I appreciate your kind words...that is like a pat on the back or as is seen often on CBS's NCIS...a slap on the back of the head ;^)
You recognize this for what it really is...a "passing it along" routine.

As you have recongized, I have tippy-toed into sharing about a quarter of this process, while disclosing alternatives along the way
which reduce the effort and expedite the result.

"In The Middle" is not 1/3 of this project. In reality I estimate it to be less than 10% as will be "In The End"...when it begins. Yes,
that will be the beginning of the end... ;^)

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Old 05-22-2011, 06:55 AM   #32
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Ed, I am only too well aware that what you are posting is the result of many, many false starts and dead ends as well as a lot of on the job training. Something new is always learned in these journeys.

Captain Midnight, I am not ignoring you it is just that this website doesn't allow people like myself to answer or post personal messages until that person has at least 5 posts here. After this one I'll still be three short.

But to answer your question: No, the stand-off model I am building started out as the Great Planes ARF of the Curtiss Army Hawk P6E 5 years ago. It has now magically morphed into a Curtiss Navy BFC-2 Goshawk and the end of this project is in sight, albeit a rather dim and indistinct sight.

I am not yet building a B-47. However, if you see some old guy with gray hair and a darker mustache standing under the museum's B-47 and drooling on his shoes some weekend, introduce yourself.
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Old 05-22-2011, 03:40 PM   #33
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Default Behind The Scenes

Steve,

Last week was very productive as the CAD audit moved forward. Many are bound to be anxiously
awaiting flight of our two B-47's. Dave, looks interesting! It would appear we have another comp
scale modeler within WatterFlyer. I see Steve appears a wee anxious...
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Old 05-23-2011, 04:01 AM   #34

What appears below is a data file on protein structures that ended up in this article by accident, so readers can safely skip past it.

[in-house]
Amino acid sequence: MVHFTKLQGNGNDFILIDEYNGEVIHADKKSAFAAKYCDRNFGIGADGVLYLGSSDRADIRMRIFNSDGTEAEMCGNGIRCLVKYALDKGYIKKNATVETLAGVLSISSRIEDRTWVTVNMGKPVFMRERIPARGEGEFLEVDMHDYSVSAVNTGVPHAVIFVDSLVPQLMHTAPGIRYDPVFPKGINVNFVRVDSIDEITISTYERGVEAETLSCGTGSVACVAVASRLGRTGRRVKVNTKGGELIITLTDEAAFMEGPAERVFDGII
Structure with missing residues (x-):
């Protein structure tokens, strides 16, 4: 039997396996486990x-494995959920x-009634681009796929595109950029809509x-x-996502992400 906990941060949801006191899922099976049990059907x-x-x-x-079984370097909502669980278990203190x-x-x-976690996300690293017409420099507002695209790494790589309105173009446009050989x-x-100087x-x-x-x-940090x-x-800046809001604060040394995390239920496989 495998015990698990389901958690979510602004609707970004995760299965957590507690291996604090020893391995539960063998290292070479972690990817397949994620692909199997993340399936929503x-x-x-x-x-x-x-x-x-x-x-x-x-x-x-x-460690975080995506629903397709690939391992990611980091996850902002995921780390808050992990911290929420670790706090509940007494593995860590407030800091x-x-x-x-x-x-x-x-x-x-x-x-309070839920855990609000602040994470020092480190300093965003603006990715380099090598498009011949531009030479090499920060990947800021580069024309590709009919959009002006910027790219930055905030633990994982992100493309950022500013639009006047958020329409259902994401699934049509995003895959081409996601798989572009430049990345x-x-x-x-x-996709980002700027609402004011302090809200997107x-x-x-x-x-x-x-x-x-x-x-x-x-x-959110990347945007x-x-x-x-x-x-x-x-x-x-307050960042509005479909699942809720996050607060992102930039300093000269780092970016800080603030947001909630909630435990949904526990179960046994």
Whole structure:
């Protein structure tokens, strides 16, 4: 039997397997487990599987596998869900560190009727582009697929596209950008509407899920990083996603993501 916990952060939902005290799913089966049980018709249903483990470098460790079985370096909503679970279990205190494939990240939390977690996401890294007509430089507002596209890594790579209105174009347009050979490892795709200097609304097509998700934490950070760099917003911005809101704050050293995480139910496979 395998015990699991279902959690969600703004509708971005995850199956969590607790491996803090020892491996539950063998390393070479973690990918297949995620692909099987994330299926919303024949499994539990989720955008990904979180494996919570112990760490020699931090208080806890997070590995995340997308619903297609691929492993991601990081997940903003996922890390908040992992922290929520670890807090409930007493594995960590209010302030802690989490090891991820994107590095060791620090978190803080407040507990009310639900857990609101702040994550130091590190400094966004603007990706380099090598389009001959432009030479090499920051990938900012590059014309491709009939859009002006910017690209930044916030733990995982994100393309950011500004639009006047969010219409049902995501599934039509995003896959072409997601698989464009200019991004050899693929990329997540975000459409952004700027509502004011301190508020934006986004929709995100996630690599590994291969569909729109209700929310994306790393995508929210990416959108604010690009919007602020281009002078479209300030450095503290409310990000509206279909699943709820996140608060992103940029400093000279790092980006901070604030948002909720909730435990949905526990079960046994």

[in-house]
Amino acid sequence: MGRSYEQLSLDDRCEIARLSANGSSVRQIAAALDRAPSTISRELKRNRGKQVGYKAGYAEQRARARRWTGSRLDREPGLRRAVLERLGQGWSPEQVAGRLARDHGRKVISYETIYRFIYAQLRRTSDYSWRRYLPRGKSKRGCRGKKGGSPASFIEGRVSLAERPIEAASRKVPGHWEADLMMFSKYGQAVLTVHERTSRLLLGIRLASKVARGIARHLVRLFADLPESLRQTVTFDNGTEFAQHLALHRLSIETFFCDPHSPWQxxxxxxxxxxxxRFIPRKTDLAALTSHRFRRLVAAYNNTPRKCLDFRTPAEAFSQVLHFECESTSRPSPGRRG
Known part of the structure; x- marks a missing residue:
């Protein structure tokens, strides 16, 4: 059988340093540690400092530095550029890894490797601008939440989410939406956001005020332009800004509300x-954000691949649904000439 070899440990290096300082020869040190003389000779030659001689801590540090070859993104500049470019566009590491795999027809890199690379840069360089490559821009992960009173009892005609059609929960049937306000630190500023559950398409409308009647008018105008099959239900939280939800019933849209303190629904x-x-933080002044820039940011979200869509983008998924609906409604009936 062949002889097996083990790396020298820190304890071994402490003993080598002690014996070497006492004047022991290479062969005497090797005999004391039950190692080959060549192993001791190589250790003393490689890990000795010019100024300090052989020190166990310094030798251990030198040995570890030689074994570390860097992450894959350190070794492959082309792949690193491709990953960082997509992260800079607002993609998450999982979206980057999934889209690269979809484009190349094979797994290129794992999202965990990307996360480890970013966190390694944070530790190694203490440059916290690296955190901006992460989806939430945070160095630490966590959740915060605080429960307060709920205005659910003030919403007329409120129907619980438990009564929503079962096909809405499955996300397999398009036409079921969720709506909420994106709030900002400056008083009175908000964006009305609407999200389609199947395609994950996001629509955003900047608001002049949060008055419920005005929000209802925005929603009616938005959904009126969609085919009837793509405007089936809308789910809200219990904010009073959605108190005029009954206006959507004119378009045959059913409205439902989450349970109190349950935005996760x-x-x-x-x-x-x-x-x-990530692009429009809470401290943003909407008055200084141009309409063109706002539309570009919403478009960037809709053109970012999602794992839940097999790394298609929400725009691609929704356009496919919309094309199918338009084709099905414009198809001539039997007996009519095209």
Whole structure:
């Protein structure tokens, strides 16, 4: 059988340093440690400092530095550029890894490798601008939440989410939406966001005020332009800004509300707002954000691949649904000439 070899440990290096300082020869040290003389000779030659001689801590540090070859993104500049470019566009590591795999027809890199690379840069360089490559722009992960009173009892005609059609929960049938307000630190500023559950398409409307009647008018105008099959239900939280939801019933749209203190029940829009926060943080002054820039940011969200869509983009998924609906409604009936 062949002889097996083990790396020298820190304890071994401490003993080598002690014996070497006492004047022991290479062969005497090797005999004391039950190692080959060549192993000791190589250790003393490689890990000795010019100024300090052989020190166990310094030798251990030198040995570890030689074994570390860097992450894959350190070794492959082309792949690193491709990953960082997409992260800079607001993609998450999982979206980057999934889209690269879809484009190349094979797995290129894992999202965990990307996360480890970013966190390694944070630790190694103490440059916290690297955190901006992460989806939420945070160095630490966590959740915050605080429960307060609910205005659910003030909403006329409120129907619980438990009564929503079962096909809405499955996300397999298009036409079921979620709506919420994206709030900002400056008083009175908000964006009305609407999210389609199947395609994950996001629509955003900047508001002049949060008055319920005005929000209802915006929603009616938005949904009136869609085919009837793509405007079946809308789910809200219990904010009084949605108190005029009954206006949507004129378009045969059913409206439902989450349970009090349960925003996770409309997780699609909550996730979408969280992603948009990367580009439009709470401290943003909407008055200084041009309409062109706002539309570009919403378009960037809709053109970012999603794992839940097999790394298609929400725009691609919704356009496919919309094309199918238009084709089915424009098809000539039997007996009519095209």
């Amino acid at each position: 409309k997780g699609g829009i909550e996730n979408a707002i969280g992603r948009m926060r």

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Gotta post 3 more times just to be able to post links.
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Old 05-23-2011, 04:02 AM   #35
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Couple more oughta do it.
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Old 05-23-2011, 04:04 AM   #36
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OK, let's see if I have received the secret handshake yet. If not, strong message that will probably get me thrown off here will follow.
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Old 05-23-2011, 04:05 AM   #37
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I can't believe this. Now it tels me to wait 30 seconds between posts. I feel like I'm being told to sit in the back of the bus...

Ed, I don't need any more info on this airplane. In fact if YOU need any...

This is just a fun project with the objective of putting an otherwise blah ARF in a clean shirt. I learned a lot from it. Here is the present state of build with the airplane's pieces just stuck together for the photos. The last photos are of the interior and there is a teaser at the end; another ARF I will finish after this one.

http://www3.eboard.com/boards/2/74/81/Galvin/att-3810088/003.JPG
http://www3.eboard.com/boards/2/74/81/Galvin/att-3810097/005.JPG
http://www3.eboard.com/boards/2/74/81/Galvin/att-3810099/006.JPG
http://www3.eboard.com/boards/2/74/81/Galvin/att-3810102/008.JPG
http://www3.eboard.com/boards/2/74/81/Galvin/att-3810104/010.JPG
http://www3.eboard.com/boards/2/74/81/Galvin/att-3810105/013.JPG
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Old 05-23-2011, 07:04 AM   #38
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Flite,

After reading your introduction to this 'in the middle' thread I excitedly scanned through the subsequent posts expecting to see some build photos of the model coming together... But all i see is more design sketches/drawings which to be honest make it look like just more of the 18 month long 'in the beginning' thread.

Have you started building?

Sorry if I'm being impatient...

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Old 05-25-2011, 06:34 PM   #39
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Default Reasoning With Resi-nonce

Steve,

Other than a simple answer of "the plane", what specifically would you suggest could be constructed at this point? Did you see
and understand our assembly/construction method?

I decided I needed to add a broader response here:

We are working in composite materials, some of which an observer might consider to be simple XPS with little consideration for
the differences in XPS much less XPS compared to EPS. This is not to speak down to anyone, just the opposite as I intended
my project to share and enable anyone reading this to duplicate the entire project following the simple "assembly" instructions
which will appear in the (3rd) section of this thread.

If I have actually bored readers, sorry we were really wanting to share some of the processes utilized in scratch building scale.
The end result is a higher score. You might ask yourself how do you know what yields a higher score... ;^) To those I say you
can learn a lot when helping, working, conducting, judging, timing, feeding, etc. competitive flying scale contests...get involved!